A New Beginning
The Shipping Industry needs to be thinking decades ahead if it is to ride out the peaks and troughs of political and economic change.
In 2000, the young founder of a fledgling tech company proposed a partnership to the Executive Board of film rental giant Blockbuster. His idea was for his start-up business to run Blockbuster’s online brand, selling film and TV rentals via the internet in real time. The young entrepreneur was laughed out of the room.
His business was called Netflix – and it is now worth £130bn. Blockbuster ceased trading in 2013.
The lesson is clear. Whatever fortunes we enjoy today will not exist tomorrow unless we continuously change, collaborate and strive for the next big thing.
The Chamber recently held an event for new maritime tech startups to come to our offices and meet with members, promoting their products and services. Among them were mobile applications, artificial intelligence and virtual reality products that will revolutionise the way shipping works.
For all the arguments and debates led by politicians and governments around the world about protectionism and trade wars, we must remember that the market has a tendency to know best. All of the problems we face can be overcome through innovation. The easy movement of goods across national borders, the training of the next generation of seafarers, the further development of the North Sea oil field, are more likely to be achieved by the entrepreneur than the politician.
Moreover, so substantial are the required reductions in carbon and sulphur emissions that the industry will need to collaborate like never before to achieve them. There is a new global innovation race underway, with countries competing to provide green tech to the world’s fleet – the winners will enjoy huge job and wealth creation. It is my very clear ambition that the UK should be a leader in this field.
It is of course the entrepreneurs who will deliver these outcomes together with established research and development bodies. We must not make the mistake of laughing them out of the room. Instead we must welcome them around our table, and this year we will find new ways to support them in their endeavours.
It is clear that we need to think differently. The pace of change in the world is speeding up, not slowing down. It is why we so warmly welcomed the Government’s Maritime 2050 strategy. For us to succeed we have to be thinking decades ahead.
The 2050 strategy, and the Maritime Growth Study that preceded it, show very clearly that Government wants to help. It is our responsibility that when Government asks what we want, we have a clear answer. It should be more robust and ambitious than the usual requests of ‘certainty’, and a platform built out of greater collaboration across the industry as a whole. Together we need a greater intellectual effort to build detailed and specific policy proposals in the way that the most innovative think tanks do, and then lobby for them with all the skill of the best agencies. Our target should be to make the UK the best place in the world to do maritime business, and everything we do should flow from that ambition. That is how a 21st century trade association behaves.
That attitude builds on what we already have achieved. Before I took the role of CEO in 2018 I knew, by reputation, that the UK Chamber had a dedicated and talented team striving to champion and protect the shipping industry. Since joining the UK Chamber I now see it first-hand every single day.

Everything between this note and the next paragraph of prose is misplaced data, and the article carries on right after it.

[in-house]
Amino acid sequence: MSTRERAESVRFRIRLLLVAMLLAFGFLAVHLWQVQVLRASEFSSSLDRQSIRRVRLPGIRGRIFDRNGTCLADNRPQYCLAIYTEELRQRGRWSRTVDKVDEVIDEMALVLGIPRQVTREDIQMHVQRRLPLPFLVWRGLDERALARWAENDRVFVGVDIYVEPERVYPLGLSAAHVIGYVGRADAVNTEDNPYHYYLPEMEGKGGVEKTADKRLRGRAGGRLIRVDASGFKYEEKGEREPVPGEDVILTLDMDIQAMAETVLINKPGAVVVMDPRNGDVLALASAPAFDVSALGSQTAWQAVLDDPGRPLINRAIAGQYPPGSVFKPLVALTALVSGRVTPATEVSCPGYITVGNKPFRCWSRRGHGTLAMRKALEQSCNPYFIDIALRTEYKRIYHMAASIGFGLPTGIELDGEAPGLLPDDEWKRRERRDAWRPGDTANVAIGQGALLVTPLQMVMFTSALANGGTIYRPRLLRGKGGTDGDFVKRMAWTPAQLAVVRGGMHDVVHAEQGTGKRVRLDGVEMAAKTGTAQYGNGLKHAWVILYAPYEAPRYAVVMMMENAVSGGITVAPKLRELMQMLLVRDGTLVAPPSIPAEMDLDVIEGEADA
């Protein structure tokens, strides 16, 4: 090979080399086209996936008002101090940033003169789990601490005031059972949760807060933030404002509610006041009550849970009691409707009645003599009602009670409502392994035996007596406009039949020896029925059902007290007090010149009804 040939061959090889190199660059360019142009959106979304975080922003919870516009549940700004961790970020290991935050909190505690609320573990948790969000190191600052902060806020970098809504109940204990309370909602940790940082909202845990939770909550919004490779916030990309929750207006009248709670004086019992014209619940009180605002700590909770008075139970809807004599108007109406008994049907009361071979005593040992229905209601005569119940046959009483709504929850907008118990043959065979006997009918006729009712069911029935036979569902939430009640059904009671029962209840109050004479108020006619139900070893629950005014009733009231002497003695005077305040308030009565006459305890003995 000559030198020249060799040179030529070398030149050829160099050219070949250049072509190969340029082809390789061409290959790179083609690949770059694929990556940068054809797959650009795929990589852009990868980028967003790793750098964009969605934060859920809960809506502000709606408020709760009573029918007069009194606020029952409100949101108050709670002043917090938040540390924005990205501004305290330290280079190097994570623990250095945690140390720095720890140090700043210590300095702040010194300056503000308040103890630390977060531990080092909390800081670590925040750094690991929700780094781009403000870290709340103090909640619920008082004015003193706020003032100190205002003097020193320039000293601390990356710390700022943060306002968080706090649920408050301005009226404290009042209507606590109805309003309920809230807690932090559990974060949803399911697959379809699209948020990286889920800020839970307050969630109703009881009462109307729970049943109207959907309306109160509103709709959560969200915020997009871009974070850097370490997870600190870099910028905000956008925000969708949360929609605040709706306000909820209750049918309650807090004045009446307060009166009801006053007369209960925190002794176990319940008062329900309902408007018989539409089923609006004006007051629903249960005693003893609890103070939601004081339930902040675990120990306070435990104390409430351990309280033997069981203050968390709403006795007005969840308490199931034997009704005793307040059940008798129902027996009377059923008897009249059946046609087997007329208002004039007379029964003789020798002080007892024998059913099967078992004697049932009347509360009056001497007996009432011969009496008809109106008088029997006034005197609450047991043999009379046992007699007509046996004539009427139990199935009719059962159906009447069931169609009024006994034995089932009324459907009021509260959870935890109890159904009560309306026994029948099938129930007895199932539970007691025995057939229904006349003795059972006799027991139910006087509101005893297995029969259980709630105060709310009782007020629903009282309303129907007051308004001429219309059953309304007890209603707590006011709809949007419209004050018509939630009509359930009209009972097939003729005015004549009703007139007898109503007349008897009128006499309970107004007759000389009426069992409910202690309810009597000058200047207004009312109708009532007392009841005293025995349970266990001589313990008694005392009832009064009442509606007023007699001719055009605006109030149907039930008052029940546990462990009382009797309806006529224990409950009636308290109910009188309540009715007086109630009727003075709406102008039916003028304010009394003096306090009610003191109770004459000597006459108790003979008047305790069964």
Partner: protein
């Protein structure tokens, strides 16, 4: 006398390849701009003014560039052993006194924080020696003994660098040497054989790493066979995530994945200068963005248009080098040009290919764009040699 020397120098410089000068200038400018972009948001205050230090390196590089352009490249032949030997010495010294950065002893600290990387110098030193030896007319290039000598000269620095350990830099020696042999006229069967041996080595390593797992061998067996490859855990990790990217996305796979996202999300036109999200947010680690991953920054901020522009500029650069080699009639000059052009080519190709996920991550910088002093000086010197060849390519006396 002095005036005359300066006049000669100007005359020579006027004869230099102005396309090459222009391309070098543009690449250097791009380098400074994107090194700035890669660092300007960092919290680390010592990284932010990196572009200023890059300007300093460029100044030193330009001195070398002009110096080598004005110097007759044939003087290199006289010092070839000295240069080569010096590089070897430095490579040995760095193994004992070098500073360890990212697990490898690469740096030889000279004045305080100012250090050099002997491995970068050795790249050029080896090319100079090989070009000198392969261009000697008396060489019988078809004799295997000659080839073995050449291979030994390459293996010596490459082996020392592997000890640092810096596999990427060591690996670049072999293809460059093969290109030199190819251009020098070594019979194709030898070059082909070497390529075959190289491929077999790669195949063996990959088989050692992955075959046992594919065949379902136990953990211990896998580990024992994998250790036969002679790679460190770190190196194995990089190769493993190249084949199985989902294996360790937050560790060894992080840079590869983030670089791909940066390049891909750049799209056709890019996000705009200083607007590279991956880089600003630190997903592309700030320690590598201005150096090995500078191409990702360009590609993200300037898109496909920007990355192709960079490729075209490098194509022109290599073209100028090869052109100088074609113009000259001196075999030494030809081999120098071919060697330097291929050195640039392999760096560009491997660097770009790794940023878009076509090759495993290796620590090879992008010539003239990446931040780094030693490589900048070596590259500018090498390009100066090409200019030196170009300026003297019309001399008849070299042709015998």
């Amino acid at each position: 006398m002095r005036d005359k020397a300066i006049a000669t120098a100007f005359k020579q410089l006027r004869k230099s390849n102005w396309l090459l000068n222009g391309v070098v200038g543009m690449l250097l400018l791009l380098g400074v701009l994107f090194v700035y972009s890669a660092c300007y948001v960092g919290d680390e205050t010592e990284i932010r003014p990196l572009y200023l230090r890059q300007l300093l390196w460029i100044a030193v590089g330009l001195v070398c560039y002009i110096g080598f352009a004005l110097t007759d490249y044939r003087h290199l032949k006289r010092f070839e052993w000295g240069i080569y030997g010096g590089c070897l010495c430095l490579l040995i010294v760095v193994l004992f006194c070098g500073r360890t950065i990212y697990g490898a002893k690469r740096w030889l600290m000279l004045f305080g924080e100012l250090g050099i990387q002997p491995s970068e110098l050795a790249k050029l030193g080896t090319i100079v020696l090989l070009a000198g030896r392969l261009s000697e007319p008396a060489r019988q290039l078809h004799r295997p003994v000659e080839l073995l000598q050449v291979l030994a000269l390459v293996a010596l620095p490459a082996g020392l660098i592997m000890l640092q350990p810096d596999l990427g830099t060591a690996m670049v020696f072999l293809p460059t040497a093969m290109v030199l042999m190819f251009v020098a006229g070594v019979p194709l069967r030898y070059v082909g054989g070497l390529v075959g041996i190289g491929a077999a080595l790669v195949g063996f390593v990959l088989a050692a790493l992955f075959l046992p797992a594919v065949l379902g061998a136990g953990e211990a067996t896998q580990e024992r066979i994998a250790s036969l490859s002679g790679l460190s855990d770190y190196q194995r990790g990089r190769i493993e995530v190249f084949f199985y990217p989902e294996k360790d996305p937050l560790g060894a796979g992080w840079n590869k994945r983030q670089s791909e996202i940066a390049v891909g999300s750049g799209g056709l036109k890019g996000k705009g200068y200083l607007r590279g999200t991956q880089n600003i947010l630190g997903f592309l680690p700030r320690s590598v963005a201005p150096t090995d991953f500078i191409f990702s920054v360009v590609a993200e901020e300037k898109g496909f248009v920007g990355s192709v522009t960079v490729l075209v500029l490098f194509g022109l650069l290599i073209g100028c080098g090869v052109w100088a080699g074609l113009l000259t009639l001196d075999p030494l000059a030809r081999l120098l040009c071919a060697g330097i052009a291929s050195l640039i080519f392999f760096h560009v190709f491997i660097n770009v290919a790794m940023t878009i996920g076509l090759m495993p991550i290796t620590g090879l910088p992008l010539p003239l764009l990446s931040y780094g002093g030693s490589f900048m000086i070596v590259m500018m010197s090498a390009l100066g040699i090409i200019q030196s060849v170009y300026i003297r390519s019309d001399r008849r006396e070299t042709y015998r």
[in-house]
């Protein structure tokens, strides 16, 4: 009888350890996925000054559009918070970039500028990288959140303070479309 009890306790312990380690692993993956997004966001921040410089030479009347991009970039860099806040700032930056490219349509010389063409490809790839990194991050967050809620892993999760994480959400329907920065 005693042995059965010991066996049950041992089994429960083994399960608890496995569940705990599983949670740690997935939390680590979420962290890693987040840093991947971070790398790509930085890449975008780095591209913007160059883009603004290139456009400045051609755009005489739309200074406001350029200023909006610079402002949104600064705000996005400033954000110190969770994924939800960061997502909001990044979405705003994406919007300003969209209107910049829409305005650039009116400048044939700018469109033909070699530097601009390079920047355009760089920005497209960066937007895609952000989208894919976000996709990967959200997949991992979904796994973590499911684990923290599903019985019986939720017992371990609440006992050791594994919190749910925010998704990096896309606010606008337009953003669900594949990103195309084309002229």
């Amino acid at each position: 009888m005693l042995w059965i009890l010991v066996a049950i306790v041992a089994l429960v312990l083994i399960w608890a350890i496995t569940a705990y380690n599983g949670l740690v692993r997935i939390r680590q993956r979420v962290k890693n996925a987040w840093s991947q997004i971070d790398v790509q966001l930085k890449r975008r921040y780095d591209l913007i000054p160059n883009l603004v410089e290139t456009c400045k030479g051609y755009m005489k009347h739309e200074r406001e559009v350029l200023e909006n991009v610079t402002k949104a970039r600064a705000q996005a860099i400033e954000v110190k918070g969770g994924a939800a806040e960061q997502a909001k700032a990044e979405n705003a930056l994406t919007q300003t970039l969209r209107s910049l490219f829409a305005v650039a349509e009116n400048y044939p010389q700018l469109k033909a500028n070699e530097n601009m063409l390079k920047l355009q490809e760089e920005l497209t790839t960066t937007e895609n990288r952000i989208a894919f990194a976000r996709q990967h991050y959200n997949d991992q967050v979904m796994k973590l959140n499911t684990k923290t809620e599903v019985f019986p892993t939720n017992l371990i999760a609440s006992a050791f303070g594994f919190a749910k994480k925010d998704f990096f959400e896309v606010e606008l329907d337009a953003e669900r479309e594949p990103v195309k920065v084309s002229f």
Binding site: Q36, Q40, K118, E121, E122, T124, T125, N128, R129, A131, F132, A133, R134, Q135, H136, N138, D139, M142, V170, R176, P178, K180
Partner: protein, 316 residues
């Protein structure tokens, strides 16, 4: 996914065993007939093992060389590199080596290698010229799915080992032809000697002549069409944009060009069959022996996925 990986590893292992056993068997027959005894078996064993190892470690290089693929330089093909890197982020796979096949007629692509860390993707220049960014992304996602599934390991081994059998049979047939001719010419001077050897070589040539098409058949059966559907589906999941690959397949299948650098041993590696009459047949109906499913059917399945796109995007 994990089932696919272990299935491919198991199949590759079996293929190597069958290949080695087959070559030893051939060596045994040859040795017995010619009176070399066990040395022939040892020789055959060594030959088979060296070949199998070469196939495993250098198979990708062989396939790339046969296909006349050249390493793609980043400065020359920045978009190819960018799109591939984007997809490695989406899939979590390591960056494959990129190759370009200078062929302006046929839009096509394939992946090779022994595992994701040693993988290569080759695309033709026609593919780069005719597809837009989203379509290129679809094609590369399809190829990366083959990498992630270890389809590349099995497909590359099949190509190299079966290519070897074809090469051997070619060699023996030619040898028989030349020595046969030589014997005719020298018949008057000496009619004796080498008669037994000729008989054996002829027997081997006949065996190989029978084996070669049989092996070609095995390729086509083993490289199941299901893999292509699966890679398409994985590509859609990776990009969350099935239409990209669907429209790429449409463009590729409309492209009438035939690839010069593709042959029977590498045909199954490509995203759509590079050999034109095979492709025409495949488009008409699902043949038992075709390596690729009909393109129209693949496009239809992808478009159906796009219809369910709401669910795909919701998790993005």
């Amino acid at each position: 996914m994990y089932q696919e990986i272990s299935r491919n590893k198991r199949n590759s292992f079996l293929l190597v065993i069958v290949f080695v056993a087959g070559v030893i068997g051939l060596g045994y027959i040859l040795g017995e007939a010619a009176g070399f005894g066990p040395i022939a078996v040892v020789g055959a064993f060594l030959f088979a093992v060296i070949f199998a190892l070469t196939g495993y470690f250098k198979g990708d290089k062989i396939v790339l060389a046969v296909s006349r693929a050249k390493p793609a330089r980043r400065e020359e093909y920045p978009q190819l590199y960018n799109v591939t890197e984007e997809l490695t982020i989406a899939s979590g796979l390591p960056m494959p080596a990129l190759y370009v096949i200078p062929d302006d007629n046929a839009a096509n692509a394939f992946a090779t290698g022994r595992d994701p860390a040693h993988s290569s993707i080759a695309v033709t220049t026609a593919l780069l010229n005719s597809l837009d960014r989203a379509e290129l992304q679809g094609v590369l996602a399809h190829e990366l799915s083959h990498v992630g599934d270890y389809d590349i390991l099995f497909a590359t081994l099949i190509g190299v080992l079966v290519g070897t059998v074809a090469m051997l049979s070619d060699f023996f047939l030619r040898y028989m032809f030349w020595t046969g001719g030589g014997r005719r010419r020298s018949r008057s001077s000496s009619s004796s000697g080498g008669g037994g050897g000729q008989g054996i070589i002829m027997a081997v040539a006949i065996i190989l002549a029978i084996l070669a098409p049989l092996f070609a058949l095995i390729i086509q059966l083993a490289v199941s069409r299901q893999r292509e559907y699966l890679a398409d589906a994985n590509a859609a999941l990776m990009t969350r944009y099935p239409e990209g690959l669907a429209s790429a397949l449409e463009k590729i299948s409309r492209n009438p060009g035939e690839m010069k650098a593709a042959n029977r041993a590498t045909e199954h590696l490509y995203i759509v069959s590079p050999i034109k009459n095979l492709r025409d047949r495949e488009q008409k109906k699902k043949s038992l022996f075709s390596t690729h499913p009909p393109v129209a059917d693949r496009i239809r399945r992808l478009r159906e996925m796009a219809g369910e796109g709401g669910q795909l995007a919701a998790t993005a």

Our team offer members one-to-one advice on all regulatory matters they face. We bring together world experts in our events, conferences and seminars. We bring the industry together in committees and forums to debate issues of the day, propose new ideas and collaborate for the betterment of the entire industry. We bang the drum in Parliament and within the national and international media on a near-daily basis. We promote a career at sea proactively to ensure a regular supply of skilled seafarers. We offer training courses for new entrants into the industry explaining simply how shipping works.
These last two points are particularly important. The industry is not a club reserved for a small number of senior directors – it is a large and dynamic group of individuals of all ages and skillsets. A priority for me is to nurture the next generation, to build their knowledge and experience and ensure the UK remains a leading maritime nation well into the future.
It is vital therefore that the UK Chamber provides a meaningful and open place to discuss ideas, threats and opportunities. Our members are often hugely engaged in the process of policy development. The companies who get the most value from their membership are the ones who are most engaged. It is why it is so important to our work, and to the collective health of the industry, that members tell us of the challenges they face.
Indeed, that has been at the heart of the Chamber’s work since the very beginning. Next year is the 100th anniversary of our Royal Charter. The forthcoming anniversary is a timely reminder that periods of political instability are usually short-lived. The Royal Charter has seen the UK shipping industry through the Second World War, the emergence of globalisation, the transition from steam power to oil power and, soon enough, to hydrogen and battery power. We’ve seen the Falklands, containerisation, digitisation. It’s seen Third World countries become trading superpowers, giving it more opportunities for new routes.
In that context, we can look at the challenges of today with a degree of confidence. The world will always need shipping. The UK will always be an island nation dependent on the sea. And whatever the peaks and troughs of politics and economics, it will always need a strong and vibrant shipping industry.